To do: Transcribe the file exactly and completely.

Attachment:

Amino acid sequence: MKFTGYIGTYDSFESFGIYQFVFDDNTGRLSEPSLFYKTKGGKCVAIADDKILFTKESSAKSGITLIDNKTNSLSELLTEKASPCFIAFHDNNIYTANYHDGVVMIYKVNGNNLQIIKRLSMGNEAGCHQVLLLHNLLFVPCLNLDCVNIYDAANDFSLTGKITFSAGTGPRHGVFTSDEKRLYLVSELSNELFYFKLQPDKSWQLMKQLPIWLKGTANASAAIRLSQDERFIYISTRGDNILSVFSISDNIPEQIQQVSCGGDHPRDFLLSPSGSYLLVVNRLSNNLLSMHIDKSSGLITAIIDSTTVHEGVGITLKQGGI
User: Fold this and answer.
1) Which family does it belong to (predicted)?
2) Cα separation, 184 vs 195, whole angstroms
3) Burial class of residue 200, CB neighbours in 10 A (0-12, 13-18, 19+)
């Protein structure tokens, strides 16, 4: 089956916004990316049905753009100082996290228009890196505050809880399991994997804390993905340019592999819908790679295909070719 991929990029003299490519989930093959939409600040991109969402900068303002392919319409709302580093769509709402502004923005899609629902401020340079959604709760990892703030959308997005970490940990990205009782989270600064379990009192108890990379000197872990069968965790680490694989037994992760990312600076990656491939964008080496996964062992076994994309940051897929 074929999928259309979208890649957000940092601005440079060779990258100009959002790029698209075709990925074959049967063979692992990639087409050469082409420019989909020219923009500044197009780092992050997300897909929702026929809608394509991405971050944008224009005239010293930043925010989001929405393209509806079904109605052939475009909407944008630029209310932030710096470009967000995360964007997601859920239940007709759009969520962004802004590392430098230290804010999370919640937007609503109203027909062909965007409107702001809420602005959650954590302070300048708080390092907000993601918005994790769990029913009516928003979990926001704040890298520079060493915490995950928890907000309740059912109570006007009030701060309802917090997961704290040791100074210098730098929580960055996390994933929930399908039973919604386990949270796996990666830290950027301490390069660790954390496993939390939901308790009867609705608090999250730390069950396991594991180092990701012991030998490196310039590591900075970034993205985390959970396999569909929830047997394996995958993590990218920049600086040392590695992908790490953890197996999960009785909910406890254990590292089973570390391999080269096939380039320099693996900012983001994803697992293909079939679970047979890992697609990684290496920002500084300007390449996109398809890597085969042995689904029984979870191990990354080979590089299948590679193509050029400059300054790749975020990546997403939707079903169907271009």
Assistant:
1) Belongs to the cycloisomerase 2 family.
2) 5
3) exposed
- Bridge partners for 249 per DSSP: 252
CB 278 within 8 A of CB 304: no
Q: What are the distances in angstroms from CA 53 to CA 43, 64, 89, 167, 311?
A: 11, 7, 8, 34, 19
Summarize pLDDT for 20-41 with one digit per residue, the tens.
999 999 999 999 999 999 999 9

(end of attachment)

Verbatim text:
Amino acid sequence: MKFTGYIGTYDSFESFGIYQFVFDDNTGRLSEPSLFYKTKGGKCVAIADDKILFTKESSAKSGITLIDNKTNSLSELLTEKASPCFIAFHDNNIYTANYHDGVVMIYKVNGNNLQIIKRLSMGNEAGCHQVLLLHNLLFVPCLNLDCVNIYDAANDFSLTGKITFSAGTGPRHGVFTSDEKRLYLVSELSNELFYFKLQPDKSWQLMKQLPIWLKGTANASAAIRLSQDERFIYISTRGDNILSVFSISDNIPEQIQQVSCGGDHPRDFLLSPSGSYLLVVNRLSNNLLSMHIDKSSGLITAIIDSTTVHEGVGITLKQGGI
User: Fold this and answer.
1) Which family does it belong to (predicted)?
2) Cα separation, 184 vs 195, whole angstroms
3) Burial class of residue 200, CB neighbours in 10 A (0-12, 13-18, 19+)
């Protein structure tokens, strides 16, 4: 089956916004990316049905753009100082996290228009890196505050809880399991994997804390993905340019592999819908790679295909070719 991929990029003299490519989930093959939409600040991109969402900068303002392919319409709302580093769509709402502004923005899609629902401020340079959604709760990892703030959308997005970490940990990205009782989270600064379990009192108890990379000197872990069968965790680490694989037994992760990312600076990656491939964008080496996964062992076994994309940051897929 074929999928259309979208890649957000940092601005440079060779990258100009959002790029698209075709990925074959049967063979692992990639087409050469082409420019989909020219923009500044197009780092992050997300897909929702026929809608394509991405971050944008224009005239010293930043925010989001929405393209509806079904109605052939475009909407944008630029209310932030710096470009967000995360964007997601859920239940007709759009969520962004802004590392430098230290804010999370919640937007609503109203027909062909965007409107702001809420602005959650954590302070300048708080390092907000993601918005994790769990029913009516928003979990926001704040890298520079060493915490995950928890907000309740059912109570006007009030701060309802917090997961704290040791100074210098730098929580960055996390994933929930399908039973919604386990949270796996990666830290950027301490390069660790954390496993939390939901308790009867609705608090999250730390069950396991594991180092990701012991030998490196310039590591900075970034993205985390959970396999569909929830047997394996995958993590990218920049600086040392590695992908790490953890197996999960009785909910406890254990590292089973570390391999080269096939380039320099693996900012983001994803697992293909079939679970047979890992697609990684290496920002500084300007390449996109398809890597085969042995689904029984979870191990990354080979590089299948590679193509050029400059300054790749975020990546997403939707079903169907271009």
Assistant:
1) Belongs to the cycloisomerase 2 family.
2) 5
3) exposed
- Bridge partners for 249 per DSSP: 252
CB 278 within 8 A of CB 304: no
Q: What are the distances in angstroms from CA 53 to CA 43, 64, 89, 167, 311?
A: 11, 7, 8, 34, 19
Summarize pLDDT for 20-41 with one digit per residue, the tens.
999 999 999 999 999 999 999 9